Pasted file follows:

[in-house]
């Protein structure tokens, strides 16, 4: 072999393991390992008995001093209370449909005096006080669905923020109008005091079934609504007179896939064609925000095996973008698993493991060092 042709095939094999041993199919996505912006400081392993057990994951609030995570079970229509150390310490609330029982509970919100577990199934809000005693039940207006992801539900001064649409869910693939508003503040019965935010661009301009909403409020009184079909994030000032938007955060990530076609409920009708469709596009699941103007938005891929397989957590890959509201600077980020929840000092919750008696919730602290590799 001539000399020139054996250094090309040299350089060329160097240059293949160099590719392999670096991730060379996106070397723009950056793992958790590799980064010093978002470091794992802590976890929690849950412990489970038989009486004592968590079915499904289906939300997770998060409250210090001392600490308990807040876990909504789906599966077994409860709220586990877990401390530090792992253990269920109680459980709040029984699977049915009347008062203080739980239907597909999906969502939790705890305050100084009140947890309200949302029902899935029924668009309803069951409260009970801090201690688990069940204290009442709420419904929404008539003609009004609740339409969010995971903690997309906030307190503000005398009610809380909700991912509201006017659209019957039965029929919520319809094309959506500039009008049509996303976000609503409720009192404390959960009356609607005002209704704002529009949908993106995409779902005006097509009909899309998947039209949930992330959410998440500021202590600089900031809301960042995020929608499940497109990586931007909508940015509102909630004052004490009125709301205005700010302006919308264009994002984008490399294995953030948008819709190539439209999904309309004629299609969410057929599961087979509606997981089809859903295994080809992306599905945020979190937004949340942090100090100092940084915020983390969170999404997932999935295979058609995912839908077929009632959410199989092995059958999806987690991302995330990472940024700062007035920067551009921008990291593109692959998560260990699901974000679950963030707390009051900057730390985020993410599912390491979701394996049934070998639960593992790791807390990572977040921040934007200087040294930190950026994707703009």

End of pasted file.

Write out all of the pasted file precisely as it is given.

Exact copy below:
[in-house]
């Protein structure tokens, strides 16, 4: 072999393991390992008995001093209370449909005096006080669905923020109008005091079934609504007179896939064609925000095996973008698993493991060092 042709095939094999041993199919996505912006400081392993057990994951609030995570079970229509150390310490609330029982509970919100577990199934809000005693039940207006992801539900001064649409869910693939508003503040019965935010661009301009909403409020009184079909994030000032938007955060990530076609409920009708469709596009699941103007938005891929397989957590890959509201600077980020929840000092919750008696919730602290590799 001539000399020139054996250094090309040299350089060329160097240059293949160099590719392999670096991730060379996106070397723009950056793992958790590799980064010093978002470091794992802590976890929690849950412990489970038989009486004592968590079915499904289906939300997770998060409250210090001392600490308990807040876990909504789906599966077994409860709220586990877990401390530090792992253990269920109680459980709040029984699977049915009347008062203080739980239907597909999906969502939790705890305050100084009140947890309200949302029902899935029924668009309803069951409260009970801090201690688990069940204290009442709420419904929404008539003609009004609740339409969010995971903690997309906030307190503000005398009610809380909700991912509201006017659209019957039965029929919520319809094309959506500039009008049509996303976000609503409720009192404390959960009356609607005002209704704002529009949908993106995409779902005006097509009909899309998947039209949930992330959410998440500021202590600089900031809301960042995020929608499940497109990586931007909508940015509102909630004052004490009125709301205005700010302006919308264009994002984008490399294995953030948008819709190539439209999904309309004629299609969410057929599961087979509606997981089809859903295994080809992306599905945020979190937004949340942090100090100092940084915020983390969170999404997932999935295979058609995912839908077929009632959410199989092995059958999806987690991302995330990472940024700062007035920067551009921008990291593109692959998560260990699901974000679950963030707390009051900057730390985020993410599912390491979701394996049934070998639960593992790791807390990572977040921040934007200087040294930190950026994707703009």